Krystel von Kumberg
Nation-states, as historical sociologist Anthony Smith observed, are “so easily recognizable from a distance, [yet] seem to dissolve before our eyes the closer we come and the more we attempt to pin them down.” As humans, much of how we perceive the world is cartographically suffocated, overly informed by both natural and artificial geographic boundaries. A central feature of the nation-state system is its attempt to delineate heterogeneous identities as belonging to a specific territory. To achieve nationhood, one needs a national history–a story that gives meaning to a shared ancestry lost in time. A noble idea in theory, but one that in practice has resulted in violence on a mass scale, deportations, and statelessness in the modern age.
History has shown us humanity’s inherent need to categorize space and the peoples within them. States have long used cartographic delineations and drawn-out spaces to reinforce simplistic antonyms–such as “good” and “bad” or “modern” and “backward” or “Us” and “Them.” Indeed, social solidarity derives largely from traditions that we historically associate with cartographically delineated parts of the world. Exploring how humans have historically conceptualized space and drawn up maps can help us trace the construction of boundaries between “Us” and “Them.” The map pictured above, for example, seems foreign to the modern voyeur, but it highlights the extent to which maps have changed overtime, and not simply because of a lack of knowledge. Cartographers draw and redraw boundaries for political, ideological, and cultural reasons as well. Maps can shed light on the prevailing worldviews of individuals residing within different territories at a given time. Even today’s variants of the Mercator Map–the most common map projection, used in schools and Google Maps alike–do not accurately depict the sizes of continents. For instance, Greenland appears to be the same size as Africa, which is severely misleading.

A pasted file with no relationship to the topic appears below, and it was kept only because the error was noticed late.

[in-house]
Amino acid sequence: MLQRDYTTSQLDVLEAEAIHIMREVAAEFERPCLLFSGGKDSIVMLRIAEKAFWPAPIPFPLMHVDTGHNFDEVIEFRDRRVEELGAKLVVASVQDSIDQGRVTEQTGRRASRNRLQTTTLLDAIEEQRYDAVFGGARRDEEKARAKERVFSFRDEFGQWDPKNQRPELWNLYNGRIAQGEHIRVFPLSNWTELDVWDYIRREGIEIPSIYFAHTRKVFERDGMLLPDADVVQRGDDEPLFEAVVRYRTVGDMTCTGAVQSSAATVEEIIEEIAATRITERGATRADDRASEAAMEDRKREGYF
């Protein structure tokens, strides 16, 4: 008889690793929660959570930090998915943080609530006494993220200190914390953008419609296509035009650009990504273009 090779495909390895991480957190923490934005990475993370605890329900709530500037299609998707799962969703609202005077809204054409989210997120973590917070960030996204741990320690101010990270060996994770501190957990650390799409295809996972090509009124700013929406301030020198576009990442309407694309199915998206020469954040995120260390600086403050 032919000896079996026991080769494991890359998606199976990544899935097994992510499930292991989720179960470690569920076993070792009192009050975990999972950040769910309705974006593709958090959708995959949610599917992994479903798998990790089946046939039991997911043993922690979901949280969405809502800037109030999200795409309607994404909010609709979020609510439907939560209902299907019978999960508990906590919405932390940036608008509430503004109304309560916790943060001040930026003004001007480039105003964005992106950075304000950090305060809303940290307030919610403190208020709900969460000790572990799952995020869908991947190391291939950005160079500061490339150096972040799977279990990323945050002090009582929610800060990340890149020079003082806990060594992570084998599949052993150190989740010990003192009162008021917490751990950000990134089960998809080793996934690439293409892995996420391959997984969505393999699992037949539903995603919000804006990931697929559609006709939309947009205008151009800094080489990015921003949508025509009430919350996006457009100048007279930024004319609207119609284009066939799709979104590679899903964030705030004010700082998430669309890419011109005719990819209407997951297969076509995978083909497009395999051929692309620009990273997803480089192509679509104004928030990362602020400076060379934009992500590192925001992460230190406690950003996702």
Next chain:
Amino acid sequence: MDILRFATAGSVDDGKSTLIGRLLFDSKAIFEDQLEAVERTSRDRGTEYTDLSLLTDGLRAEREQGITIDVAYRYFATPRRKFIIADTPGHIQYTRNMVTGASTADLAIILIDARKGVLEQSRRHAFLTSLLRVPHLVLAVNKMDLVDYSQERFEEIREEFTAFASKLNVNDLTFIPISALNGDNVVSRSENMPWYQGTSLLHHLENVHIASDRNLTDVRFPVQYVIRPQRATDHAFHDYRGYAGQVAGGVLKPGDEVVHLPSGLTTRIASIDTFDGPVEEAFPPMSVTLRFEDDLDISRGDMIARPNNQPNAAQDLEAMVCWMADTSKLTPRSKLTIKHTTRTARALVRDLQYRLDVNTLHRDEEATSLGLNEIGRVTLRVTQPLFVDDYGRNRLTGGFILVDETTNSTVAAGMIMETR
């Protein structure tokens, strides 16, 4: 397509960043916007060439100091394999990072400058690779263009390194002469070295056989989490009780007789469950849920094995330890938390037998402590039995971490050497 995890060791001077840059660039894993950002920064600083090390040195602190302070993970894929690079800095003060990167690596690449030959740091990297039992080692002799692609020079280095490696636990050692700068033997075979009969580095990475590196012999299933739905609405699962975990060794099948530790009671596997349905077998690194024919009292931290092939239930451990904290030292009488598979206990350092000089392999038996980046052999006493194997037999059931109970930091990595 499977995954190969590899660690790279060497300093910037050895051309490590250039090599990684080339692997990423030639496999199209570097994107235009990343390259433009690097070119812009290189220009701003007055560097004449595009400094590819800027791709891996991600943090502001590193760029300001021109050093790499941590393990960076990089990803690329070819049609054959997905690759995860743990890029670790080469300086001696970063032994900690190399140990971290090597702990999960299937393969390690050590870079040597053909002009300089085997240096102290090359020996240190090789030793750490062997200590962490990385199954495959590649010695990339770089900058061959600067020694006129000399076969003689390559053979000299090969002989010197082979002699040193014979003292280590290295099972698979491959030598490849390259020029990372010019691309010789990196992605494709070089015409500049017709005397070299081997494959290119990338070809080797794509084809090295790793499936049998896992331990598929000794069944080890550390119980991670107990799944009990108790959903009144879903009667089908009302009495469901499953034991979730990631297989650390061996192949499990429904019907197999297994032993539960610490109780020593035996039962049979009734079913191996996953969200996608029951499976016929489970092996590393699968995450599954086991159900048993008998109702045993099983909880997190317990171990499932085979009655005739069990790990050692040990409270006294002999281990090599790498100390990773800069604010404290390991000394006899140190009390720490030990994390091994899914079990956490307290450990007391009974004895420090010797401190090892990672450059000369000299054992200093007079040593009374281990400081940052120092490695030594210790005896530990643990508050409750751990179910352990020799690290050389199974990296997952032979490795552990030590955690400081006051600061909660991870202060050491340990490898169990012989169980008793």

Ancient Greek geographers were the first to identify three continents: Europe, Asia and Africa (referred to as Libya). As Europeans crossed the Atlantic, they gradually realized that their continental system did not accurately depict the world. The transition from a threefold to a fourfold continental scheme took a long time, as America had to be intellectually “invented” as a distinct piece of land. For a long time, many Europeans simply chose to ignore the evidence that lay before them—in 1555, a popular French geography text entitled La Division du monde pronounced that the earth consisted of Asia, Europe, and Africa, making absolutely no mention of the Americas.
Russia covers approximately one-eighth of the world’s land surface. Focusing on how the Russian state has conceptualized its territory and borderlands is key to unraveling the cultural, ideological, and societal constraints historically imposed on the land. From within, the government renamed and remapped Moscow after both the Bolshevik Revolution and the collapse of the Soviet Union, repeatedly making it an unfamiliar place for its inhabitants. Such changes reflect how spaces can be used over time to project the goals of the state onto the populace.